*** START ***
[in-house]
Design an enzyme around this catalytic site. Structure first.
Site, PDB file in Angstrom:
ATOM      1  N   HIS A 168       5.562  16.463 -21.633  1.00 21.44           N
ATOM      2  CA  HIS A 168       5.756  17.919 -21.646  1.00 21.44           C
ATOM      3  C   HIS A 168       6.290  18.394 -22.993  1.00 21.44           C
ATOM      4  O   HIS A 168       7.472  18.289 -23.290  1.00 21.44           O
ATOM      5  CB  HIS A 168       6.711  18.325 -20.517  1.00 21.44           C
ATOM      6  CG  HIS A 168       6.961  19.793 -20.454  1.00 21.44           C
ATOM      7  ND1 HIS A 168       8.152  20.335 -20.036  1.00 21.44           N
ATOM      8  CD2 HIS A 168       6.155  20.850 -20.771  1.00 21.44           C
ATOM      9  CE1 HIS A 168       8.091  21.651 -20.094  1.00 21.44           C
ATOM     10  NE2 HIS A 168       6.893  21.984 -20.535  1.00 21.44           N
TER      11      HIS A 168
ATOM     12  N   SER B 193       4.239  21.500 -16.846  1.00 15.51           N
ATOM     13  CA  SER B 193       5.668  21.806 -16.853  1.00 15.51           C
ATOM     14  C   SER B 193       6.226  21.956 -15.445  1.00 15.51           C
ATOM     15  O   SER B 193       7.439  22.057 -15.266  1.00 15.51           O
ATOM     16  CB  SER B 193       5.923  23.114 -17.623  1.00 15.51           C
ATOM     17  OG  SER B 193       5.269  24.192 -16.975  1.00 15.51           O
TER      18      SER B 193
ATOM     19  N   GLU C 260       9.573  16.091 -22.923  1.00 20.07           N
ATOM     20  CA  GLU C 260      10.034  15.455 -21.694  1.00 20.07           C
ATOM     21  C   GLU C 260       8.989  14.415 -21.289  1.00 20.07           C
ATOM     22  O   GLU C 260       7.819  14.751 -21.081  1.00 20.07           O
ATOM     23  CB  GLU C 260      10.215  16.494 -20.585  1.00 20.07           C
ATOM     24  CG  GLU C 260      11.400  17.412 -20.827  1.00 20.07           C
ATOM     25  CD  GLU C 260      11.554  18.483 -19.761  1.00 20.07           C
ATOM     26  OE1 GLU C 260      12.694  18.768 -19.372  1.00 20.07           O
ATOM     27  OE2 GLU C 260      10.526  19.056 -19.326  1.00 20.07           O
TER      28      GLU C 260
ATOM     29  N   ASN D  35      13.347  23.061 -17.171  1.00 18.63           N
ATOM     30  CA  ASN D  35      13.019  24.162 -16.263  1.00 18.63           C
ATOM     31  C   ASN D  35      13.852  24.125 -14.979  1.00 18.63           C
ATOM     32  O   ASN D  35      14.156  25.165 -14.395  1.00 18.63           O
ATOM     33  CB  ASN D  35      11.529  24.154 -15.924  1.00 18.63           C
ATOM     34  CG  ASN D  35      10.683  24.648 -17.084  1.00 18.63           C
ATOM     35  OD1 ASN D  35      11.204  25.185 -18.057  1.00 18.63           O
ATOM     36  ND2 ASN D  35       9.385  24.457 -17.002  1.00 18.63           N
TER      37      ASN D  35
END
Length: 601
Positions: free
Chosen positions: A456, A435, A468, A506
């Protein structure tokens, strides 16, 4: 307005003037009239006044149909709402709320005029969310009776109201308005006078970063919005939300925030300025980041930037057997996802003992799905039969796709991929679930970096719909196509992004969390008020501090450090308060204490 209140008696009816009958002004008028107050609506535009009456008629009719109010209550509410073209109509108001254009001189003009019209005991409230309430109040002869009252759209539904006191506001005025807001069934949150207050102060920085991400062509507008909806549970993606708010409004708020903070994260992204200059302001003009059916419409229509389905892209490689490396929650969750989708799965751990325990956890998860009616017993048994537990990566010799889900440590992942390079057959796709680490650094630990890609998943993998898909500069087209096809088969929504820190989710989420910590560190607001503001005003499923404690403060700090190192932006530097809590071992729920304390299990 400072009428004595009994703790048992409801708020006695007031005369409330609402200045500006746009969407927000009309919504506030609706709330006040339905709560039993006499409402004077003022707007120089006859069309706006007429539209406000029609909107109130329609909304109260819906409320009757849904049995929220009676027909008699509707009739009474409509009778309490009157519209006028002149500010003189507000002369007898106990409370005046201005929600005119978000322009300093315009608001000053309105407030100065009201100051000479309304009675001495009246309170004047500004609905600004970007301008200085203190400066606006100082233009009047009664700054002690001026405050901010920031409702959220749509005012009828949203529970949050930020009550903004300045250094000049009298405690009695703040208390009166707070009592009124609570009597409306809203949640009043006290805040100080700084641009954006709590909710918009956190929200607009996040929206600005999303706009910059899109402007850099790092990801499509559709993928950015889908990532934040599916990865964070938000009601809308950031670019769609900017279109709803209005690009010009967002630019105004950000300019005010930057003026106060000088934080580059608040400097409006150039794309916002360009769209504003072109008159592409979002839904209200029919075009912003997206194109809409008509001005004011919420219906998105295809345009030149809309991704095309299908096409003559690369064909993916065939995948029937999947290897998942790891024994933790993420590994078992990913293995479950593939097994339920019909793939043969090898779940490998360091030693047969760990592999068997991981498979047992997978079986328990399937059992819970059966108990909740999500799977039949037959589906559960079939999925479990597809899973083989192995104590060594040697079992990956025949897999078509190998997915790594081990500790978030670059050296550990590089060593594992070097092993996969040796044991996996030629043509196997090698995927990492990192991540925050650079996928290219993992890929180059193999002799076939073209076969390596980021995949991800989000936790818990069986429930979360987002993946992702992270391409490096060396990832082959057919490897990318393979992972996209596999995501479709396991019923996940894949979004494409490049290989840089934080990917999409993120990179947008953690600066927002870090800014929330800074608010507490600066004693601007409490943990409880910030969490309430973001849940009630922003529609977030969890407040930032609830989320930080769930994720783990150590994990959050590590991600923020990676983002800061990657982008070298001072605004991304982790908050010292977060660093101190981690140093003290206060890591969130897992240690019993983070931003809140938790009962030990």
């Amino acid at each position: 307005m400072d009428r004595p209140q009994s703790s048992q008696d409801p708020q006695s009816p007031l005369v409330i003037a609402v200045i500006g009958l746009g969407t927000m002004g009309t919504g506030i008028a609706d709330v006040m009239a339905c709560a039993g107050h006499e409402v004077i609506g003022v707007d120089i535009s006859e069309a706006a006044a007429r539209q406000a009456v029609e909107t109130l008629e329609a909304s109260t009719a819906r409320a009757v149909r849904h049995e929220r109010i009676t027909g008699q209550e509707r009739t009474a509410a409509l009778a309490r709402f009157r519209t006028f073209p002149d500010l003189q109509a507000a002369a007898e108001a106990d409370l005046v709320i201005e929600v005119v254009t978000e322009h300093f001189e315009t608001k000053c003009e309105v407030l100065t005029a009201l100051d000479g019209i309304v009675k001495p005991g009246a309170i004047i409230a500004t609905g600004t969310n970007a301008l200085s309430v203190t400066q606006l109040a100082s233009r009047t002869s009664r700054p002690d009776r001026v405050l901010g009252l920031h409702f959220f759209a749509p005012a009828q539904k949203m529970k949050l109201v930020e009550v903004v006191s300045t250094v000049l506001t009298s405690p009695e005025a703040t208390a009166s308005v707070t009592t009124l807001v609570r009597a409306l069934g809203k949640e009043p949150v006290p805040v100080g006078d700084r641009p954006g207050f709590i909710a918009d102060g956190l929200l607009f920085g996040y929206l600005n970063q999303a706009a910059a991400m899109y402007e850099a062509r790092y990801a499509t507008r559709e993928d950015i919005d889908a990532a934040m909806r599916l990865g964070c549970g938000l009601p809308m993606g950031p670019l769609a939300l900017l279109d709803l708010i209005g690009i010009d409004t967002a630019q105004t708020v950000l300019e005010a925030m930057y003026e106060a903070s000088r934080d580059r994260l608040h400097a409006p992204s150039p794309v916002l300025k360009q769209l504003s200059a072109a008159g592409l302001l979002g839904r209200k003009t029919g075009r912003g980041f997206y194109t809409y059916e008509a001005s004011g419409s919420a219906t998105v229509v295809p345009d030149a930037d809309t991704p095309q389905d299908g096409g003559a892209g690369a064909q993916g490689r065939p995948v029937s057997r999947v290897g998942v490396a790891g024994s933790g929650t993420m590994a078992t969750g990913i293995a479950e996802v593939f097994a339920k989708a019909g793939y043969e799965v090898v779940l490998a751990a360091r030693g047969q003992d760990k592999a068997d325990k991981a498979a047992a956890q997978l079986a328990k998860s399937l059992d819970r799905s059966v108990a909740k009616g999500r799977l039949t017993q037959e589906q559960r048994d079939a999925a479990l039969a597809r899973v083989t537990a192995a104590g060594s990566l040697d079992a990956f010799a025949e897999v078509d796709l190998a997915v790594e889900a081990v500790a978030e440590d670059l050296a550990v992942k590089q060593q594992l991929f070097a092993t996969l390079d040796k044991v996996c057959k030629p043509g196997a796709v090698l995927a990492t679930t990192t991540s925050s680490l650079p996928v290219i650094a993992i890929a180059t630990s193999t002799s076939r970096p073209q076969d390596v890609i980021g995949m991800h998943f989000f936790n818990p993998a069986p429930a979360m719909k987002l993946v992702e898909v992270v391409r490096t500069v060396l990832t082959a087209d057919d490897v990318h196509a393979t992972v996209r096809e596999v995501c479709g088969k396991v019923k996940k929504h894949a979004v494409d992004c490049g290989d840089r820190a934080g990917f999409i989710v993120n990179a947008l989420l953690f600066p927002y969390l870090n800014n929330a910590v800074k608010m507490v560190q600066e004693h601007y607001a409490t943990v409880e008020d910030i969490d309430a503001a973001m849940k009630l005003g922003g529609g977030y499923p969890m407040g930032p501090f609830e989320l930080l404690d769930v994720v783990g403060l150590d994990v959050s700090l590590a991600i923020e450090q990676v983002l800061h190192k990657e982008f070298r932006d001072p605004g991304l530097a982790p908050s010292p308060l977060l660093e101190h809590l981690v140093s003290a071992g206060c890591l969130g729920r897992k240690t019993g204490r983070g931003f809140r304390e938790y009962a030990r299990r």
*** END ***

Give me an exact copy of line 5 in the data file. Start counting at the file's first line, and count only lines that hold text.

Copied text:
ATOM      2  CA  HIS A 168       5.756  17.919 -21.646  1.00 21.44           C